On Iran’s Nuclear Capabilities and Intentions, Group Urges Caution

For Immediate Release

On Iran’s Nuclear Capabilities and Intentions, Group Urges Caution

New Intelligence Director Strikes the Right Chord

WASHINGTON - In light of congressional testimony last
week by Dennis Blair, the new Director of National Intelligence, the
Center for Arms Control and Non-Proliferation today called on Obama
administration officials to avoid repeating several of their recent
overstatements about Iran's nuclear bomb-making capabilities and
intentions.

In his testimony, Blair pointed out that the 2007 National Intelligence Estimate concluded that "Iran's
nuclear weapon design and weaponization work was halted in fall 2003,
along with its covert uranium conversion and enrichment-related
activities.
" Blair further observed that Iran resumed its uranium
enrichment efforts in January 2006, thus enabling Iran to move toward a
nuclear bomb "if it chooses to do so."

Blair then stated: "We judge in fall 2003 Tehran halted its
nuclear weapons design and weaponization activities and that the halt
lasted at least several years. We assess Tehran had not restarted these
activities as of at least mid-2007. Although we do not know whether Iran currently intends to develop nuclear weapons, we assess Tehran at a minimum is keeping open the option to develop them.
"

John Isaacs, executive director of Center for Arms Control and
Non-Proliferation, cautioned government officials against inflaming an
already inflamed situation.

"Blair's careful language is a useful guide for officials to follow when discussing a very difficult situation," said Isaacs. "Negotiations with Iran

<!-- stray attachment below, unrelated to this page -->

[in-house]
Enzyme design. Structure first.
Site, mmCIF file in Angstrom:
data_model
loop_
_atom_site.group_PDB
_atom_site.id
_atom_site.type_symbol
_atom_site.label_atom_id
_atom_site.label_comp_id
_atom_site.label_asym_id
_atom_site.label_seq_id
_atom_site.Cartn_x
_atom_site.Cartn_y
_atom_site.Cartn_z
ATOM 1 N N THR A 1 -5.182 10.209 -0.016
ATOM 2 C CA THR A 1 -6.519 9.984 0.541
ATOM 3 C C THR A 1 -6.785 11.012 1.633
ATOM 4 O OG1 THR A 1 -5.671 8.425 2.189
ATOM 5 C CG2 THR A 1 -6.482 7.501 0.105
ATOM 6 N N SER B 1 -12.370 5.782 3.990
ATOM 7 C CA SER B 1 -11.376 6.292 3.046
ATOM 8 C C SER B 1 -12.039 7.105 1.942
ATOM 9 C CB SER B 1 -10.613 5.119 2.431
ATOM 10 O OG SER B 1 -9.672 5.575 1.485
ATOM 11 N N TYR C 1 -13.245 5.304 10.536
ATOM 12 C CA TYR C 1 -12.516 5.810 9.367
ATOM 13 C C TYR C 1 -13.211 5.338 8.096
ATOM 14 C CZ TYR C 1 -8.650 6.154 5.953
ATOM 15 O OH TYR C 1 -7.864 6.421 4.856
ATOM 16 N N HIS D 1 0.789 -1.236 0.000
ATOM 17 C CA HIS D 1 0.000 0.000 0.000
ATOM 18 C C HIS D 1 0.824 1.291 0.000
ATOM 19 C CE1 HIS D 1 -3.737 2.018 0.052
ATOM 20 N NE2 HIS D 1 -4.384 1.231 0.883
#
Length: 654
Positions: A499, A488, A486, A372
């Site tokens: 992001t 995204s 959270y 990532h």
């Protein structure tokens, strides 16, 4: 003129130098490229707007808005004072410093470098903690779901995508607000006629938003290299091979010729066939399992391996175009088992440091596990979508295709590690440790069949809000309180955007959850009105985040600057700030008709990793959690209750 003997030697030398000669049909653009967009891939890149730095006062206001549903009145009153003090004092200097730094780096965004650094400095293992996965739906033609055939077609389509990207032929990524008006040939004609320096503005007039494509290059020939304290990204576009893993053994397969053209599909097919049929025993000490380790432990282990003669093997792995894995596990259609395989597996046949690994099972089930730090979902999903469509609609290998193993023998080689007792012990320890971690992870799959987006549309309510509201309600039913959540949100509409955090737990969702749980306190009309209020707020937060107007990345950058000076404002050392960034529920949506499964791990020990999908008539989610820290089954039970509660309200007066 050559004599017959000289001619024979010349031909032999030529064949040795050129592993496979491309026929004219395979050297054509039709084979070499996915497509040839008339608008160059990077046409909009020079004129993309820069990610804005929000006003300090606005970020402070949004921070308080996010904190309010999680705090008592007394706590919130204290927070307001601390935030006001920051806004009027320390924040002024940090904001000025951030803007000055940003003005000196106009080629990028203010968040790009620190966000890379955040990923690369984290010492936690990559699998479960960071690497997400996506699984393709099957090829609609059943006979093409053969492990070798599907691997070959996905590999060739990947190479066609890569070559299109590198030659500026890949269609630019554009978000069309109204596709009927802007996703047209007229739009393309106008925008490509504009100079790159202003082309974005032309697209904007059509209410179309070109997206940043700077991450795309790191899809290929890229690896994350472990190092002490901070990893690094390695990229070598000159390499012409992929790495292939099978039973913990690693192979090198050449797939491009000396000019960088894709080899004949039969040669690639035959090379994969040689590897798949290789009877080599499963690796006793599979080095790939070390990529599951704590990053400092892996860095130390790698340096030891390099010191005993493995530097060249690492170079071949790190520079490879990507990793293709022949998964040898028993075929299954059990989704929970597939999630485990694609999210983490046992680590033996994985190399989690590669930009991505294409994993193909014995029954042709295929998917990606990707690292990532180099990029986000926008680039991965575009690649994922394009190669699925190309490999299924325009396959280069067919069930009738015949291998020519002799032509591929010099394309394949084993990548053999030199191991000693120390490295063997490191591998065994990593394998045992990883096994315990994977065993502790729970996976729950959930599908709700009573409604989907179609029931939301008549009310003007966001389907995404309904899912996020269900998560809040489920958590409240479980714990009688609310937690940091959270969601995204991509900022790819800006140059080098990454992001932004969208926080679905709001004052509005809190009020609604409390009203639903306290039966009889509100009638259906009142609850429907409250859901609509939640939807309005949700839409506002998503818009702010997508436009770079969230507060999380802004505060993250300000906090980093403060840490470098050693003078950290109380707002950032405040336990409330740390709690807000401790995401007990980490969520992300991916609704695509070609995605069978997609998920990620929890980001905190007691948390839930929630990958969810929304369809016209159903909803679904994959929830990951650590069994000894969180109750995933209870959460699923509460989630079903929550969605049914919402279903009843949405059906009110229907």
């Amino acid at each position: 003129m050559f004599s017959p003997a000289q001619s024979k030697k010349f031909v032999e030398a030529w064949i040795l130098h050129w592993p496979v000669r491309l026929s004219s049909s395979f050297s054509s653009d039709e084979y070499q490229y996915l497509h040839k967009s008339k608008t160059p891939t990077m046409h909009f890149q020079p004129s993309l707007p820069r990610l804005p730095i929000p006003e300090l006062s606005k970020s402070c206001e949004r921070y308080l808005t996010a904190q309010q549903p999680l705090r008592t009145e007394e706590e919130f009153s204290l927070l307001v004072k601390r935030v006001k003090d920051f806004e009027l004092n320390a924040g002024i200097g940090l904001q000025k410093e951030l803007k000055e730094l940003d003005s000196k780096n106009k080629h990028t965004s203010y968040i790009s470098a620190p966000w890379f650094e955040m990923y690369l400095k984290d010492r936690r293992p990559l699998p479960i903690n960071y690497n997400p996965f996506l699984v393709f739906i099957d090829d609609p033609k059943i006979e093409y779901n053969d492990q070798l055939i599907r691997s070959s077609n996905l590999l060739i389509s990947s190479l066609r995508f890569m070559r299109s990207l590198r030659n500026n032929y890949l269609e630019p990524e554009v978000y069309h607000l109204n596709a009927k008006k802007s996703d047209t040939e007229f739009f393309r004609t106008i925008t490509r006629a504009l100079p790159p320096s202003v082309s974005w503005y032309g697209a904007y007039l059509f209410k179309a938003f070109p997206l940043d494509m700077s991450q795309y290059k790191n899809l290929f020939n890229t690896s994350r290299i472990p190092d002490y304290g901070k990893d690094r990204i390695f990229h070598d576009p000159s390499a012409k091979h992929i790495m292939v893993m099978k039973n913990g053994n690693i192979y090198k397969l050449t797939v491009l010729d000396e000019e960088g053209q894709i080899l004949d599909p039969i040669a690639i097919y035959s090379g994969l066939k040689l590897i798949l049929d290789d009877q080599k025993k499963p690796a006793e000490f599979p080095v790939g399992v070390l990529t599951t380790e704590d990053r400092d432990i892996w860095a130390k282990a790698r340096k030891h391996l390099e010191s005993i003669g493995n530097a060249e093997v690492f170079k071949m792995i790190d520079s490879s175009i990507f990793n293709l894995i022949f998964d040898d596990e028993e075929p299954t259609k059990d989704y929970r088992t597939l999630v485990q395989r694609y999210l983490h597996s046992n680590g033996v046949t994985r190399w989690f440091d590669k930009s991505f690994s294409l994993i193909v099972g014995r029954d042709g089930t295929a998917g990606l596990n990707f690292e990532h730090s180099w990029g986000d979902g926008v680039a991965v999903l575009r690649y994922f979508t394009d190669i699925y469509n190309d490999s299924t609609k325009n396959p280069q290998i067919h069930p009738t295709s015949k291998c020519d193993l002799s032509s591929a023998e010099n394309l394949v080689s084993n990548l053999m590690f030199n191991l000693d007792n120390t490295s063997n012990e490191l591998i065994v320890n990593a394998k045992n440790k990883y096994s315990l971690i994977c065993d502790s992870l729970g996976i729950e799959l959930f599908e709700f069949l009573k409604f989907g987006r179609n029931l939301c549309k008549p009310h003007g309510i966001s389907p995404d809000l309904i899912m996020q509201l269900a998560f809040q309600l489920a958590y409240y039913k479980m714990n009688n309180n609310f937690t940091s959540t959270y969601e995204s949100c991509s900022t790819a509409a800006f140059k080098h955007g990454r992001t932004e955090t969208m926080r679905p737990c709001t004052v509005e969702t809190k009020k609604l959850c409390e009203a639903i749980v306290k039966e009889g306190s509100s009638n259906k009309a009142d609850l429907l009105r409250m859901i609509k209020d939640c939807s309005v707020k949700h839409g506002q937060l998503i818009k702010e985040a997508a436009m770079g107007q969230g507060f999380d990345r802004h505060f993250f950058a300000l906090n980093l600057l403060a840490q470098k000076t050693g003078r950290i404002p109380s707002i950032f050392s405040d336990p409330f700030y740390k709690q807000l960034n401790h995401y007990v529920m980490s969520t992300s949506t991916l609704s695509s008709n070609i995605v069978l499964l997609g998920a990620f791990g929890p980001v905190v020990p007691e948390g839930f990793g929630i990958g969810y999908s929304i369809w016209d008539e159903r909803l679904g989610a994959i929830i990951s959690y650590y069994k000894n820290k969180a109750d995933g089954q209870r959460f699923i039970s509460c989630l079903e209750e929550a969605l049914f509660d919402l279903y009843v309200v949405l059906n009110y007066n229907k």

are more likely to bear fruit if the Iranians don't feel like the
United States is officially accusing them of being dead-set on going
nuclear."

Several statements by the Obama administration last week sharply
contrasted with Blair's nuanced approach. For example, during his confirmation hearing, new CIA director Leon Panetta addressed Iran's pursuit of nuclear weaponry. "From all the information I've seen, I think there is no question that they are seeking that capability," said Panetta.

Even President Barack Obama was forced to correct himself regarding Iran during a press conference last week. Obama first referred to Iran's "development of a nuclear weapon" before quickly rephrasing it mid-sentence as Iran's "pursuit of a nuclear weapon."

"There is no sense in publicly speculating on Iran's intentions," Isaacs concluded.

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Founded in 1980, the Center for Arms Control and Non-Proliferation is a leading advocate for prudent measures to prevent the spread of nuclear, biological, and chemical weapons. Visit the Center online: www.armscontrolcenter.org 

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